As a young child, Catherine Kim visited science museums so much she considered them her second home. She didn’t see math or science simply as subjects to be taught in school but rather as ways into explaining how the world worked.
“That was something that helped me find my real passion,” said Kim, 18, a senior at Jericho High School.
Over her high school career, Kim worked to create a model to accurately predict adverse drug reactions. That research, conducted under the guidance of her teachers and a Columbia University biomedical informatics professor, led Kim to be named as one of the two top young scientists in the Regeneron International Science and Engineering Fair, dubbed the world’s largest high school science competition.
The honor also comes with a $50,000 award.
Kim’s machine-learning approach addressed the flaws of conventional models, and she believes her work, which achieved an overall accuracy of approximately 91%, could someday be used to develop new and safer drugs at a lower cost.
Her project — titled “Novel Prediction of Adverse Drug Reactions and Underlying Pathological Mechanisms via Hierarchical Classification” — sought to create a model that does not rely on drug similarity and provides better biological insights to predict adverse drug reactions and enhance drug safety. Her model looks instead at the chemical structures of the drugs for prediction, she said.
Annually, 100,000 people die from adverse drug reactions, making it the fourth leading cause of death in the United States, she found by researching Food and Drug Administration statistics.
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The idea came to her, she said, seeing her father take different medicines at the same time to treat his high blood pressure and high cholesterol.
“I realized that no one was thinking about the potential repercussions of using multiple medications,” she said.
She researched her project for at least two years at the lab of Nicholas Tatonetti, an associate professor of biomedical informatics at Columbia University. She was able to go to the lab located at New York-Presbyterian Hospital for one summer — often as the only high school student among the group of researchers — and perform work on-site, but last year her work had to be conducted virtually due to the COVID-19 pandemic.
“Fortunately, my research was purely computational and I was able to complete all my research from home,” she said.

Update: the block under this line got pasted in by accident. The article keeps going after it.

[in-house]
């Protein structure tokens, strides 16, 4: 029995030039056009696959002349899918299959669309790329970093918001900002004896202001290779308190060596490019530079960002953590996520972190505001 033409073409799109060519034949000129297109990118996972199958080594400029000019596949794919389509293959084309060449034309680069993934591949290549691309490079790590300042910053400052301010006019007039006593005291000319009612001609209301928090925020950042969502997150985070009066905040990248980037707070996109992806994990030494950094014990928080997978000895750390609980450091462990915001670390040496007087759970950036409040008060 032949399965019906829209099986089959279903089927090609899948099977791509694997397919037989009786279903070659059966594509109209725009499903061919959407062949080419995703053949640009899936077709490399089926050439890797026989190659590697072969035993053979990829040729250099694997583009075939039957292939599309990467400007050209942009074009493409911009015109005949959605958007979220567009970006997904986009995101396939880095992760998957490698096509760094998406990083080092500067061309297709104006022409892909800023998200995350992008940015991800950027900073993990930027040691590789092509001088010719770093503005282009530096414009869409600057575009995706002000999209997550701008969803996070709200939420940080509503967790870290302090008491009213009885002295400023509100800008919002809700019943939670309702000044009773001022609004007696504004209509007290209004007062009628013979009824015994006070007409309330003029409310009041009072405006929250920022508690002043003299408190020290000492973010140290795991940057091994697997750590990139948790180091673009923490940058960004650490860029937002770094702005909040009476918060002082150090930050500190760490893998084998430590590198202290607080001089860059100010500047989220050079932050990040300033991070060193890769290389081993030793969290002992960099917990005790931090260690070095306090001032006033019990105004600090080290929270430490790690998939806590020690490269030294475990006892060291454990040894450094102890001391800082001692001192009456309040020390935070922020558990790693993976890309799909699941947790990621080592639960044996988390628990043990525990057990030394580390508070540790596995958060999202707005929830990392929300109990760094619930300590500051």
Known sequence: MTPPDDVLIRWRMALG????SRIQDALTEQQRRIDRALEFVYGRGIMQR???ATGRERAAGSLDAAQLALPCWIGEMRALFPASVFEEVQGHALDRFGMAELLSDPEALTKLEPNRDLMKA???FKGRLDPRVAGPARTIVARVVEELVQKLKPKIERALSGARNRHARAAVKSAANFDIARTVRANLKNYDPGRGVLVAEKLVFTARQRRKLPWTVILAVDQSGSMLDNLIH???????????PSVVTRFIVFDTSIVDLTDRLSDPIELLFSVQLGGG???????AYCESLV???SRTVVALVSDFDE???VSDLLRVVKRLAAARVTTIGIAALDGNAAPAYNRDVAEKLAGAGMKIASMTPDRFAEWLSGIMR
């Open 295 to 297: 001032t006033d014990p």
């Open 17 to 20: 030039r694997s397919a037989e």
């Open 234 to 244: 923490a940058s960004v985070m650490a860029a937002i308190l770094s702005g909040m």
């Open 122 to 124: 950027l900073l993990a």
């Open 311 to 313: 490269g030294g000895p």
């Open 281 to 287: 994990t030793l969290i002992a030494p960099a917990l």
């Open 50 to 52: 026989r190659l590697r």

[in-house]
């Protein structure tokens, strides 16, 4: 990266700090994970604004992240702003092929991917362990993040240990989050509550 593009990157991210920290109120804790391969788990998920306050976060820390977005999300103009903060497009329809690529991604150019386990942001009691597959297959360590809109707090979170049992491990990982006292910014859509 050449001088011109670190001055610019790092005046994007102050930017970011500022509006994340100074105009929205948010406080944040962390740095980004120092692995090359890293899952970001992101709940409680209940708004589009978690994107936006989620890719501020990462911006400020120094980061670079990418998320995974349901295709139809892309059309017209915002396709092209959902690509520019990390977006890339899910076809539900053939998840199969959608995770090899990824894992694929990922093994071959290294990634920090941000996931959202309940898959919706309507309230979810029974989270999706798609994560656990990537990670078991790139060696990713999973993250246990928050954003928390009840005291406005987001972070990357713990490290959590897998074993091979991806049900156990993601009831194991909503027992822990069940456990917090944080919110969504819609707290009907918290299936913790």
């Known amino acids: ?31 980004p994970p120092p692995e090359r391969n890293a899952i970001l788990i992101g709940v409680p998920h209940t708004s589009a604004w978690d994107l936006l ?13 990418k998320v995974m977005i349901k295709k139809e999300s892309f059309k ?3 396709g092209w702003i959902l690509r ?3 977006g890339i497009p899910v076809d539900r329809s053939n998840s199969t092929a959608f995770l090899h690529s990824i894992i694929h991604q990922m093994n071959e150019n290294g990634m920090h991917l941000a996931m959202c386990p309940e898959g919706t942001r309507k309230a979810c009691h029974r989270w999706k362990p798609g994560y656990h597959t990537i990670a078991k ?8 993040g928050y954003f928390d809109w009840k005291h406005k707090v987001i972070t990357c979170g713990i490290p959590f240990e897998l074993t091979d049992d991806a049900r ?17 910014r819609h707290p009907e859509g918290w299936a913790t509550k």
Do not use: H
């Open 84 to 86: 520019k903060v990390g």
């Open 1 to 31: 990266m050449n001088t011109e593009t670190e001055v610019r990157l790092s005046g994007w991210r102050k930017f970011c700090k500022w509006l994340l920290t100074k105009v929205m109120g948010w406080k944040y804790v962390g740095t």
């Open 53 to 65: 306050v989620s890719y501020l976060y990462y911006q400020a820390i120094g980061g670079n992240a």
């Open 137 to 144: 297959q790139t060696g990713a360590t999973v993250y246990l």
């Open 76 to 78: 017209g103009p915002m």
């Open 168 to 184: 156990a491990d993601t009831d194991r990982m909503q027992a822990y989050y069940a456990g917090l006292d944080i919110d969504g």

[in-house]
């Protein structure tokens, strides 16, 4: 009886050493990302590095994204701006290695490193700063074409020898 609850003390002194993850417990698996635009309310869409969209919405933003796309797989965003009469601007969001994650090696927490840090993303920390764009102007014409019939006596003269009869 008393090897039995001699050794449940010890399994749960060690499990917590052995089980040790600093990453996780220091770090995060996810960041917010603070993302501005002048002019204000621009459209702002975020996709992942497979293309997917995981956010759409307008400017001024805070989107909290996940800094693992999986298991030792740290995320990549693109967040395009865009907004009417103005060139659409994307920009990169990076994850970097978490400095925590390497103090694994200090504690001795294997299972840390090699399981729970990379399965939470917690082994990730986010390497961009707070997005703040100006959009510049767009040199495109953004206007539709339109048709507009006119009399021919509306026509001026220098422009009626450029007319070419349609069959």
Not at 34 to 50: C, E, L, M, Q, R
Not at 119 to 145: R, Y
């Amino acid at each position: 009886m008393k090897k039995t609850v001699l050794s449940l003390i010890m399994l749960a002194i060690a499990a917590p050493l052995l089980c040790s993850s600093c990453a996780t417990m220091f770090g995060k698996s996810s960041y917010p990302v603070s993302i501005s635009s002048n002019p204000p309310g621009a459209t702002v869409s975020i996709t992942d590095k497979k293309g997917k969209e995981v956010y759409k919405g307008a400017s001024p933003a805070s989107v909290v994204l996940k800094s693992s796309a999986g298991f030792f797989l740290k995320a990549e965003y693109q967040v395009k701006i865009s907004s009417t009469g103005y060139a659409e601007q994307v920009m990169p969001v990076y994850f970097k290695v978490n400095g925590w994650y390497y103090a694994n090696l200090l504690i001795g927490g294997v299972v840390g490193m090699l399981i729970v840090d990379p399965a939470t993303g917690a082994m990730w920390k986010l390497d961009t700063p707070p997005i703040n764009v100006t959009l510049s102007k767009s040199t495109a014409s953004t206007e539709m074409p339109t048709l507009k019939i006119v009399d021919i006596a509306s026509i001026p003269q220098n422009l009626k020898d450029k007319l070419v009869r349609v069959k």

Catherine Kim, a senior at Jericho High School, will be attending Brown University in the fall. Her finalist project at the Regeneron International Science and Engineering Fair sought a new method to study adverse drug reactions from medications to enhance safety. Credit: Danielle Silverman
Kim is off to Brown University in the fall where she will study computer science and applied mathematics. She plays bassoon and served as one of the captains for the high school varsity fencing team. She also has serves as President of her school’s Research and Heritage committee and is a three-year participant of the Columbia University Science Honors Program.
“Catherine will make a difference in the world due to her sheer grit and determination to succeed,” said Serena McCalla, Science Research Coordinator for the Jericho district. “I encourage my students to be passionate about their work, and they are.”
The Grand Awards Ceremony was held virtually May 21. More than $5 million was awarded to the finalists, who were evaluated based on their projects’ creativity, innovation and level of scientific inquiry.
The competition featured over 1,800 students from 49 states and 64 countries. It is the world’s largest high school science and engineering competition for students in grades ninth through 12th.
The top award and $75,000 went to Michelle Hua, 16, of Troy, Michigan, for her discovery of an artificial intelligence-based algorithm used for human action recognition.
“Every single Regeneron ISEF finalist has persevered in their pursuit of science in the face of the myriad challenges of the COVID-19 pandemic,” said Maya Ajmera, President and CEO of Society for Science which runs the competition.
Jericho High School continually produces students who place in the top spots of the most prestigious science competitions.
Earlier this year, Jericho High School senior Justin Shen, 17, was one of two high school students on Long Island named a finalist in the Regeneron Science Talent Search, earning a $25,000 prize. That science and math competition is open to U.S. residents who are high school seniors.
Joie Tyrrell is a Long Island native and covers education for Newsday, where she has worked for nearly 20 years.